INTERVIEW WITH MEG MAC
pictures /Matthew Sprout
When I first heard Meg Mac’s music, I would have never pictured that this huge voice—comparable to the vocal lovechild of Adele and Fiona Apple—would come from such a quiet and reserved person. In Australia, her soulful anthem “Roll Up Your Sleeves” has become an underground hit, and her killer rendition of Bill Wither’s “Grandma’s Hands” has been sending chills up the spines of her newly devoted listeners since September.
After hearing about the enormous impression that this Australian up and comer had made recently on the South by Southwest crowd, I was almost caught off guard with how soft spoken and casual she was when she walked into the downtown café where we met. Her striped shirt and bright red lipstick made her look like a playful French girl but her quiet Aussie accent gave her away. She opened almost immediately with the news that she had just signed on to be the opening act for D’Angelo’s newest tour. She was humble and almost shy as she said it, but you could see in her eyes that this was a turning point in her career.
How did you get into the music business?
If I think about it, I always had an obsession with singing ever since I was a kid. I was taking lessons as I grew up. There’s a website in Australia where anyone can upload music to it. I uploaded my song, “Roll Up Your Sleeves,” and everyone started downloading it and playing it on the radio. People were kind of freaking out so, I wrote some more songs. I released an EP in Australia and toured around a bit. Then someone from the radio station in New York heard my song. I flew to New York in November and signed with the label. So now I’m here in the states writing and touring. It’s actually getting announced today that I’m touring with D’Angelo, so that’s a big deal.
What was South by Southwest like for you?
Well I came out in March to do it, and it was my first show outside of Australia. I had built it up to be this really huge deal in my head and then when I was doing it, I realized it’s just singing in front of people, that’s what I do. After the show we were offered a tour, which was exciting, but I wasn’t really prepared for it. Suddenly I’m in a van traveling around America seeing all of these places that I’ve only ever seen in movies. It’s the same with this trip, I came here for one reason and I’m leaving in a van again!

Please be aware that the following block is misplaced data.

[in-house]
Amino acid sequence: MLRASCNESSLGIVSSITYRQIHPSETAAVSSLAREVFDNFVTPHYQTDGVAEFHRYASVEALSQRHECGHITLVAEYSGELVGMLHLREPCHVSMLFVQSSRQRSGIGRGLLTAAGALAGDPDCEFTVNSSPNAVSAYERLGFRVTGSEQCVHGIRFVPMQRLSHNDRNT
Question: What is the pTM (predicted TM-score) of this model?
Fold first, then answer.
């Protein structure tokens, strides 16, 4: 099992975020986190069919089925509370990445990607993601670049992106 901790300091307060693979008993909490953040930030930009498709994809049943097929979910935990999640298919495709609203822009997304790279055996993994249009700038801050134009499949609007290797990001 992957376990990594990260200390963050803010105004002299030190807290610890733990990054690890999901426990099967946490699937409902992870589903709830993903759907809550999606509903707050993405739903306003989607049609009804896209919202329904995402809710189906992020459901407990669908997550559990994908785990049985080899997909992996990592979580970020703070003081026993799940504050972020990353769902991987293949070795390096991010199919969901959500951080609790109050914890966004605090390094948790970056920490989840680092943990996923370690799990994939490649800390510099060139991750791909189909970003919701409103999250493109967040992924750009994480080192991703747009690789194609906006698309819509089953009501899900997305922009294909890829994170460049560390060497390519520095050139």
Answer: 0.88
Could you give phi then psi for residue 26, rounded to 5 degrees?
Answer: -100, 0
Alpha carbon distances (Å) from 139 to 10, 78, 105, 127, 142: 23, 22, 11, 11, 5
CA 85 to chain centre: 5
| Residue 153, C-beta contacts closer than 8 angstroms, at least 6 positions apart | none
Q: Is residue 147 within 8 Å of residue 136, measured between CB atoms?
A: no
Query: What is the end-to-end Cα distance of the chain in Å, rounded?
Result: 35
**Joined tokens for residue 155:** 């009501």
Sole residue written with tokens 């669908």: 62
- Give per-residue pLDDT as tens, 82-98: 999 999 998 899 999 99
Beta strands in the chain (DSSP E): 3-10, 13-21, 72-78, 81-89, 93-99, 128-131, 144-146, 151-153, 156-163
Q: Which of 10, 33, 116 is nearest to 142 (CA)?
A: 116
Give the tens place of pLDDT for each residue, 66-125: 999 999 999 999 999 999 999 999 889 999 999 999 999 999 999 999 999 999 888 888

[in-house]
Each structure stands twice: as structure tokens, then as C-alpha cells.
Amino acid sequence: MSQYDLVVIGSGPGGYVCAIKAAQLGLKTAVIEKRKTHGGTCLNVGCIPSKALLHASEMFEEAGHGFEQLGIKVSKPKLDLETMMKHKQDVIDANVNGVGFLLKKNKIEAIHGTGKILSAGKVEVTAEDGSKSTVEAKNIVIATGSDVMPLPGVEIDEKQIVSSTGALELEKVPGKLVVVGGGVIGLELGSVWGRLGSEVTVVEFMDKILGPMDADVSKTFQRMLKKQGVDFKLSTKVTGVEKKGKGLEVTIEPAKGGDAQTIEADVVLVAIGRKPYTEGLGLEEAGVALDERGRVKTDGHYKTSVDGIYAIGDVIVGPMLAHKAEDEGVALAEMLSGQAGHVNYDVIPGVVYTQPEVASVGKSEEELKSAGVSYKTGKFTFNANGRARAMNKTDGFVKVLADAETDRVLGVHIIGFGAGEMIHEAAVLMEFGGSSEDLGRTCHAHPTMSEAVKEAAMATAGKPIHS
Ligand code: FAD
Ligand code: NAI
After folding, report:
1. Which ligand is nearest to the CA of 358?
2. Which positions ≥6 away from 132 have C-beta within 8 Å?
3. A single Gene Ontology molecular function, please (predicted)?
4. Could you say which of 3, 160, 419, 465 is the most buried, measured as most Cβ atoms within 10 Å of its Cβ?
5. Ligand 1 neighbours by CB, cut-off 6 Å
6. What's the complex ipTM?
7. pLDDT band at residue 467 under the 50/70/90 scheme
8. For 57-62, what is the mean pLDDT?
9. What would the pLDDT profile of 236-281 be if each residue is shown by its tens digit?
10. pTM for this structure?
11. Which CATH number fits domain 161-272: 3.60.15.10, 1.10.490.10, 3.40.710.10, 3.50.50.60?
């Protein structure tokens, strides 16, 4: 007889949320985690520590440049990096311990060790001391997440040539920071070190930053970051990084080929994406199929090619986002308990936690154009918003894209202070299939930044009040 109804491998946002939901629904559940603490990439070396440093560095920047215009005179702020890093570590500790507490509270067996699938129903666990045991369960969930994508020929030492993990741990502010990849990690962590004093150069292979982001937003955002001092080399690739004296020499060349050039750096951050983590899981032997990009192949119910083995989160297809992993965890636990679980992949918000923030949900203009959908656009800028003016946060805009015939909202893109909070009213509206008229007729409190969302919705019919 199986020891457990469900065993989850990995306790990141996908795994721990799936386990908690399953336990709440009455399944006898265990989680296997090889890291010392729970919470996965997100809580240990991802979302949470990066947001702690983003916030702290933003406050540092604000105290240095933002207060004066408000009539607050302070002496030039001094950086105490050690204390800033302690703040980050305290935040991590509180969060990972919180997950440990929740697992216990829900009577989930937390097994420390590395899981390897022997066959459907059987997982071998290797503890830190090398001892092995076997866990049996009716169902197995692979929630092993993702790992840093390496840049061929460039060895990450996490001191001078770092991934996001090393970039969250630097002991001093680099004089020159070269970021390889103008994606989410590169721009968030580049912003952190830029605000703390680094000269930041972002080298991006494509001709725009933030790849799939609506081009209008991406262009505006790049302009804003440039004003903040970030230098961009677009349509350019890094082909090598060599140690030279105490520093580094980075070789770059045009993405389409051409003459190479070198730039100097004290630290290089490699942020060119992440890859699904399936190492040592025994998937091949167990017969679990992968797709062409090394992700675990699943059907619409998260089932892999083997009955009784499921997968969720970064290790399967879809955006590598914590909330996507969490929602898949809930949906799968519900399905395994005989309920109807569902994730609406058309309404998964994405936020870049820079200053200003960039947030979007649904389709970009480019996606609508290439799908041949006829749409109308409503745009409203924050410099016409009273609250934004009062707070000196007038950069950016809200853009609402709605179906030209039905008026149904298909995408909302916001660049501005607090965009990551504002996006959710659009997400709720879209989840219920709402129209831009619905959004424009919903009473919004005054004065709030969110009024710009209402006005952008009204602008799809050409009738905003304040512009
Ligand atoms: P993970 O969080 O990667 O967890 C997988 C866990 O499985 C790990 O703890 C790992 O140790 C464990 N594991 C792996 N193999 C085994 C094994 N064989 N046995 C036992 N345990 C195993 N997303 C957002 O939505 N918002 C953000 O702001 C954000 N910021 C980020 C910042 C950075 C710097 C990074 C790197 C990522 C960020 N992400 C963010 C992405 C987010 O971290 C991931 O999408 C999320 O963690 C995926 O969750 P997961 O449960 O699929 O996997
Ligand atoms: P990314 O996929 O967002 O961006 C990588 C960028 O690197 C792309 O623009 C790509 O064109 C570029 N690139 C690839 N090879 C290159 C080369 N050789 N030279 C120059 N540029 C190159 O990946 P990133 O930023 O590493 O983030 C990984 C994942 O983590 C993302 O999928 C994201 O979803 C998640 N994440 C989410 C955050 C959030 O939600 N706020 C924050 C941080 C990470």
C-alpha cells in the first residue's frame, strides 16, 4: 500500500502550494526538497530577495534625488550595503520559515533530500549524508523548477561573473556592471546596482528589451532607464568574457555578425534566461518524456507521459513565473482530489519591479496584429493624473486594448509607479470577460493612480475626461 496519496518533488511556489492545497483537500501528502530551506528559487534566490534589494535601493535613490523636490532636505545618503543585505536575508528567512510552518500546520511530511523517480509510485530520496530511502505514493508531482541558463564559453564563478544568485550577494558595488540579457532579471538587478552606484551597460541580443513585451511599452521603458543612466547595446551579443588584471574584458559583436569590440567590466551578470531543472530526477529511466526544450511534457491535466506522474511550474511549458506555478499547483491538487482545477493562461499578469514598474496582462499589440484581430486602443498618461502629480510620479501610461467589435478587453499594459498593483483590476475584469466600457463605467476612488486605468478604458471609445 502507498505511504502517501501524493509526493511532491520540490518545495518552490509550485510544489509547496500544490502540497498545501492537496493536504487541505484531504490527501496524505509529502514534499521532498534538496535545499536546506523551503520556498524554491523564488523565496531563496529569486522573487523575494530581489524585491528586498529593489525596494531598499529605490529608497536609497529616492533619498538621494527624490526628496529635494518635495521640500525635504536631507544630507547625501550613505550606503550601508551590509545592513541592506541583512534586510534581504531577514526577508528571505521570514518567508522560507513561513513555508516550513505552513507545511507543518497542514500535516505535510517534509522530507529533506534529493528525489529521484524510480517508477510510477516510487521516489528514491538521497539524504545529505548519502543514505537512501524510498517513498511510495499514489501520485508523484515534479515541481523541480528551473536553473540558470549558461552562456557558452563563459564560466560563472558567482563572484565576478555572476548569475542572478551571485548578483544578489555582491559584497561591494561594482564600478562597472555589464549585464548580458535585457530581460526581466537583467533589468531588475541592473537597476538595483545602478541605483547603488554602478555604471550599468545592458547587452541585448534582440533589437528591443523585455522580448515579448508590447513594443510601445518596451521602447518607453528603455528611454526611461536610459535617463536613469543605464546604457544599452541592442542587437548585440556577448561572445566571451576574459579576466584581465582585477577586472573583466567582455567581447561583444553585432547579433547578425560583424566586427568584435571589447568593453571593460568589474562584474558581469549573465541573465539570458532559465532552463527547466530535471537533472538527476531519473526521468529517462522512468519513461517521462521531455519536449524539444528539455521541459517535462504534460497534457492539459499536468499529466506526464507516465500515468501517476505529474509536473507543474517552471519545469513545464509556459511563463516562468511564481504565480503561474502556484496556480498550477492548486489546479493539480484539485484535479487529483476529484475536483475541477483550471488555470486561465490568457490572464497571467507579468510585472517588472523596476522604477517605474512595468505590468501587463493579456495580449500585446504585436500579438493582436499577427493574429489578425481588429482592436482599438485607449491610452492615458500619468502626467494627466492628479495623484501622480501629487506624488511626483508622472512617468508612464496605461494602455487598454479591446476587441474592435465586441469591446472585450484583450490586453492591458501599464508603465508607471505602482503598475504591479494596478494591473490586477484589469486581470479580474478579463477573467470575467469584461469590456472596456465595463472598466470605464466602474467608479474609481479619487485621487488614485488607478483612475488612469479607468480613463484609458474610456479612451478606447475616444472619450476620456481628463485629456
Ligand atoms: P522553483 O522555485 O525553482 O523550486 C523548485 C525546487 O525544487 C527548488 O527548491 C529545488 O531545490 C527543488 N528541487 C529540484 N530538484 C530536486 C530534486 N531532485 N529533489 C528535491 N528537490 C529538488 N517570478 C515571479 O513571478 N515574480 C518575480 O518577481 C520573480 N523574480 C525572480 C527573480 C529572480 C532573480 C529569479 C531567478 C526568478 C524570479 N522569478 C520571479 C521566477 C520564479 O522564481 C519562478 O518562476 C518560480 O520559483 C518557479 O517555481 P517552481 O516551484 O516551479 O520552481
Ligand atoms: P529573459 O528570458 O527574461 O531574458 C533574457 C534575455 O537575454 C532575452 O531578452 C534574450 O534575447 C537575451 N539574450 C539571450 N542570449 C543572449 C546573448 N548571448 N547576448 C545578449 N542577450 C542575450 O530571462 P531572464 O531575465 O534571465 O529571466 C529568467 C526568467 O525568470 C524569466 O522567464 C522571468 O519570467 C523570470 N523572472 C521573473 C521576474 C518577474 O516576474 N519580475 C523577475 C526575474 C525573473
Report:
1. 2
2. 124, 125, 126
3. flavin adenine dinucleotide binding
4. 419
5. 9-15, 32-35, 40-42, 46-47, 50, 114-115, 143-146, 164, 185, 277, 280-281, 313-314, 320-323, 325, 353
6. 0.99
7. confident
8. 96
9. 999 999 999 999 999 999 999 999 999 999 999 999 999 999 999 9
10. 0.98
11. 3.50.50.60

So “Roll Up Your Sleeves,” has become a very popular song. What is that song about?
It’s kind of about what I was thinking at the time. The beginning of the song is different to the end of the song. I feel like the beginning of the song I’m talking about how it’s easier to pretend that you don’t care and avoid a situation but in the long run it’s not. So it’s just saying roll up your sleeves and take care of it, face it. There’s always a choice. If you choose to do the right thing everything will be fine. I almost felt like I was writing it to myself. Sometimes you just need to hear that everything is going to be alright.
What’s different about the Australian audience and the American audience?
The main difference right now is that people don’t really know me here, where in Australia people are buying tickets to see me. I will say though, I’ve never seen audiences dance like they do in America, I feel like American audiences have private moments at shows, where they’re closing their eyes and sort of moving around. It’s really amazing to be singing and see someone grooving along to your music.
What is your tour style like?
Well I’ve got a portable steamer so that’s really important! But I like to wear a lot of black. I like suits, jumpsuits, and when it’s cold I have this really amazing black velvet cape. I like being dramatic when I’m on stage. I’m very quiet in real life, but I sing really loud so I feel like with clothing I like to put on a show.
What are you working on now?
In the few weeks before the tour, I’ll be writing. I found a room here in New York that has a piano where I can just be by myself and write. My songs are never about the same thing. I guess a lot of them are about new experiences. I was really scared about America in the beginning and now I’m not so I think you’ll get sense of that. I’m just really hoping to just soak up some genius from D’Angelo.
A lot of people compare you to Adele because of how soulful your music is. Will you be staying in this genre as you right your new music?
I try to never really think about my genre. When I’m writing it’s just me and a piano. I’m not trying to be super soul. Everyone is put into a genre after the fact. I like to just do the music and then it will fit wherever it fits!
Meg’s EP is available in the US now. She is currently on tour with D’Angelo.